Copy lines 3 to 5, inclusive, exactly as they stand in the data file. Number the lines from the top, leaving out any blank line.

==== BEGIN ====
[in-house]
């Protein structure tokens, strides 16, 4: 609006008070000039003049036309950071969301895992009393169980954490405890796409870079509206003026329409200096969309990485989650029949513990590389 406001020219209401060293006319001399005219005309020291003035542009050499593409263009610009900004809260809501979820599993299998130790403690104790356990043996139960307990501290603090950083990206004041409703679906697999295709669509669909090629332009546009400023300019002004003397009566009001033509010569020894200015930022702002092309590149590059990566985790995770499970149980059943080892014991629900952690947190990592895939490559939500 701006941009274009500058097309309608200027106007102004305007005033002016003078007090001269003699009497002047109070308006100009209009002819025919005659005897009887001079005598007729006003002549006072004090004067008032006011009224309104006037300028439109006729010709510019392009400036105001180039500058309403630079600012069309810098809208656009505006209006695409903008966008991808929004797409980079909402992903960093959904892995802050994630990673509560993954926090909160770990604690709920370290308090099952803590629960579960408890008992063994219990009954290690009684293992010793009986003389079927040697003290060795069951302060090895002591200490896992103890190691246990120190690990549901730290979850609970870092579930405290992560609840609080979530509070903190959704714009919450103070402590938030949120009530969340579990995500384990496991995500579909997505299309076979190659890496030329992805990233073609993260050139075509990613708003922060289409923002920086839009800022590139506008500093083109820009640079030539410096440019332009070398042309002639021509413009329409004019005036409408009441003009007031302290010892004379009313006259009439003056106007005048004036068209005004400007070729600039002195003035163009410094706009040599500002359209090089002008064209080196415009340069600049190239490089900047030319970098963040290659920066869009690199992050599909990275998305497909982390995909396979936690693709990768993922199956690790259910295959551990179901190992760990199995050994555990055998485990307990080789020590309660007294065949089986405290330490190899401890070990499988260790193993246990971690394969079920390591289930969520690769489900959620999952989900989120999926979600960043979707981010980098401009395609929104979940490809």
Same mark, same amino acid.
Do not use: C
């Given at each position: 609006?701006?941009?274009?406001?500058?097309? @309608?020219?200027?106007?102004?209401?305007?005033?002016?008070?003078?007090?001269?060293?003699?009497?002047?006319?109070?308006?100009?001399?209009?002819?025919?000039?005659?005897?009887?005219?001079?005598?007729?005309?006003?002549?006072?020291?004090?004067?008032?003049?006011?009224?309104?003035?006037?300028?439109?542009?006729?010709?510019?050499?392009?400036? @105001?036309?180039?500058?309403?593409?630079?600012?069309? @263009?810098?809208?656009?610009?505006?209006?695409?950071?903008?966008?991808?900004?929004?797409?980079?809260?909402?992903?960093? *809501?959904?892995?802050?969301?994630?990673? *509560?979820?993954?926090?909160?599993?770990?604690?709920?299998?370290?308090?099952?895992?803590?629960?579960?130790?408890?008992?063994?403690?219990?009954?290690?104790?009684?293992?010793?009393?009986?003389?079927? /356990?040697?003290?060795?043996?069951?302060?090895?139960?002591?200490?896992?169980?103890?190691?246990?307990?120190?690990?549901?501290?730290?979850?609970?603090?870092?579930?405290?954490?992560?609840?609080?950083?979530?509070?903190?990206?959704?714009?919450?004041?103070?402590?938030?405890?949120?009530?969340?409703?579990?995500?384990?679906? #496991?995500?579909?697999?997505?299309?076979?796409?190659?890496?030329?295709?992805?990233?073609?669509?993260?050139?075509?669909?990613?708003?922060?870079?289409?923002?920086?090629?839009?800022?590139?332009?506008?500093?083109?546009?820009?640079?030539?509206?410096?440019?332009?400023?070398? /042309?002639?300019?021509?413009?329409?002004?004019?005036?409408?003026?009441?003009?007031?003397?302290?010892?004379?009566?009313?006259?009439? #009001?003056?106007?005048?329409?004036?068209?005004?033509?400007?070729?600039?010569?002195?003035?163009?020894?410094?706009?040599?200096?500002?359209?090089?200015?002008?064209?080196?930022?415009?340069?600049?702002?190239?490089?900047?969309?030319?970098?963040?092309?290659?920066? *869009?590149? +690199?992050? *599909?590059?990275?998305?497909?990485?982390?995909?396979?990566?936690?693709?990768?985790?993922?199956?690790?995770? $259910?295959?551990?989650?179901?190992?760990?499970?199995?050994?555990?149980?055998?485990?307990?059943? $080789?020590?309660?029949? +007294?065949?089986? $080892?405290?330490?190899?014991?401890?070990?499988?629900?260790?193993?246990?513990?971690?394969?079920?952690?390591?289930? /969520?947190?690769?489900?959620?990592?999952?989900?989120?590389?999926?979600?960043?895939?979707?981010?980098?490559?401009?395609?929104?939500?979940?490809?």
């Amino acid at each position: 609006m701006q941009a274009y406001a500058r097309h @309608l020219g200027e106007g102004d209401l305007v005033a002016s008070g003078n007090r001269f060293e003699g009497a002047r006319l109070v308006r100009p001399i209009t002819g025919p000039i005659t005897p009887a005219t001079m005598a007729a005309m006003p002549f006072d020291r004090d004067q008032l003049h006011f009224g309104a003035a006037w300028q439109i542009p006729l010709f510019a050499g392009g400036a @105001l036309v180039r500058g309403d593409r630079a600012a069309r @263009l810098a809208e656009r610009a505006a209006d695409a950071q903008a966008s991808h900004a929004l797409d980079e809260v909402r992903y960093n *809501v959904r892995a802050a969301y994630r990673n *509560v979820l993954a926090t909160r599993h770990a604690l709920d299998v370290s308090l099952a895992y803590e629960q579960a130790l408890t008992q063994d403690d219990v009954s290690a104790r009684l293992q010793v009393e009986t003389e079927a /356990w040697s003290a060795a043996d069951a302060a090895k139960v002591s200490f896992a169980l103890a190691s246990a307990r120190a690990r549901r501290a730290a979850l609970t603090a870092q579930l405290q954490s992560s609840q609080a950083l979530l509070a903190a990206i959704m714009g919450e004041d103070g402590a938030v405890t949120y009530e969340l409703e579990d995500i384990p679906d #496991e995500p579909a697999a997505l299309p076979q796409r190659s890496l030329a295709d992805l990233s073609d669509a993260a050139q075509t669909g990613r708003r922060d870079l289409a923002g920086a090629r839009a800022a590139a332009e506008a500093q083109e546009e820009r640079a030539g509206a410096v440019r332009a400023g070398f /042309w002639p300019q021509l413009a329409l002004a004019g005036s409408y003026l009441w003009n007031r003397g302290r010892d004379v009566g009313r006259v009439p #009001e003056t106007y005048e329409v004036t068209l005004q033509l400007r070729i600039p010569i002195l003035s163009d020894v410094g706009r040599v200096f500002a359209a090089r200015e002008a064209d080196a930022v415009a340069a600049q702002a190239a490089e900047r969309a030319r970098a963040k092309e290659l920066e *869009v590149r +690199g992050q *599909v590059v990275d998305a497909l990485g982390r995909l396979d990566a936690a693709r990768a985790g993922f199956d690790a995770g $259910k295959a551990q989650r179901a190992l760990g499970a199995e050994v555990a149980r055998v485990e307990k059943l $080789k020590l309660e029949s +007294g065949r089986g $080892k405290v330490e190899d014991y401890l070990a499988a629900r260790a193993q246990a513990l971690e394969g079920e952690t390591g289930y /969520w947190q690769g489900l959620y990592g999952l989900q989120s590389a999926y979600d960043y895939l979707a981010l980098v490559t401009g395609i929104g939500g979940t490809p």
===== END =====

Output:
Same mark, same amino acid.
Do not use: C
């Given at each position: 609006?701006?941009?274009?406001?500058?097309? @309608?020219?200027?106007?102004?209401?305007?005033?002016?008070?003078?007090?001269?060293?003699?009497?002047?006319?109070?308006?100009?001399?209009?002819?025919?000039?005659?005897?009887?005219?001079?005598?007729?005309?006003?002549?006072?020291?004090?004067?008032?003049?006011?009224?309104?003035?006037?300028?439109?542009?006729?010709?510019?050499?392009?400036? @105001?036309?180039?500058?309403?593409?630079?600012?069309? @263009?810098?809208?656009?610009?505006?209006?695409?950071?903008?966008?991808?900004?929004?797409?980079?809260?909402?992903?960093? *809501?959904?892995?802050?969301?994630?990673? *509560?979820?993954?926090?909160?599993?770990?604690?709920?299998?370290?308090?099952?895992?803590?629960?579960?130790?408890?008992?063994?403690?219990?009954?290690?104790?009684?293992?010793?009393?009986?003389?079927? /356990?040697?003290?060795?043996?069951?302060?090895?139960?002591?200490?896992?169980?103890?190691?246990?307990?120190?690990?549901?501290?730290?979850?609970?603090?870092?579930?405290?954490?992560?609840?609080?950083?979530?509070?903190?990206?959704?714009?919450?004041?103070?402590?938030?405890?949120?009530?969340?409703?579990?995500?384990?679906? #496991?995500?579909?697999?997505?299309?076979?796409?190659?890496?030329?295709?992805?990233?073609?669509?993260?050139?075509?669909?990613?708003?922060?870079?289409?923002?920086?090629?839009?800022?590139?332009?506008?500093?083109?546009?820009?640079?030539?509206?410096?440019?332009?400023?070398? /042309?002639?300019?021509?413009?329409?002004?004019?005036?409408?003026?009441?003009?007031?003397?302290?010892?004379?009566?009313?006259?009439? #009001?003056?106007?005048?329409?004036?068209?005004?033509?400007?070729?600039?010569?002195?003035?163009?020894?410094?706009?040599?200096?500002?359209?090089?200015?002008?064209?080196?930022?415009?340069?600049?702002?190239?490089?900047?969309?030319?970098?963040?092309?290659?920066? *869009?590149? +690199?992050? *599909?590059?990275?998305?497909?990485?982390?995909?396979?990566?936690?693709?990768?985790?993922?199956?690790?995770? $259910?295959?551990?989650?179901?190992?760990?499970?199995?050994?555990?149980?055998?485990?307990?059943? $080789?020590?309660?029949? +007294?065949?089986? $080892?405290?330490?190899?014991?401890?070990?499988?629900?260790?193993?246990?513990?971690?394969?079920?952690?390591?289930? /969520?947190?690769?489900?959620?990592?999952?989900?989120?590389?999926?979600?960043?895939?979707?981010?980098?490559?401009?395609?929104?939500?979940?490809?």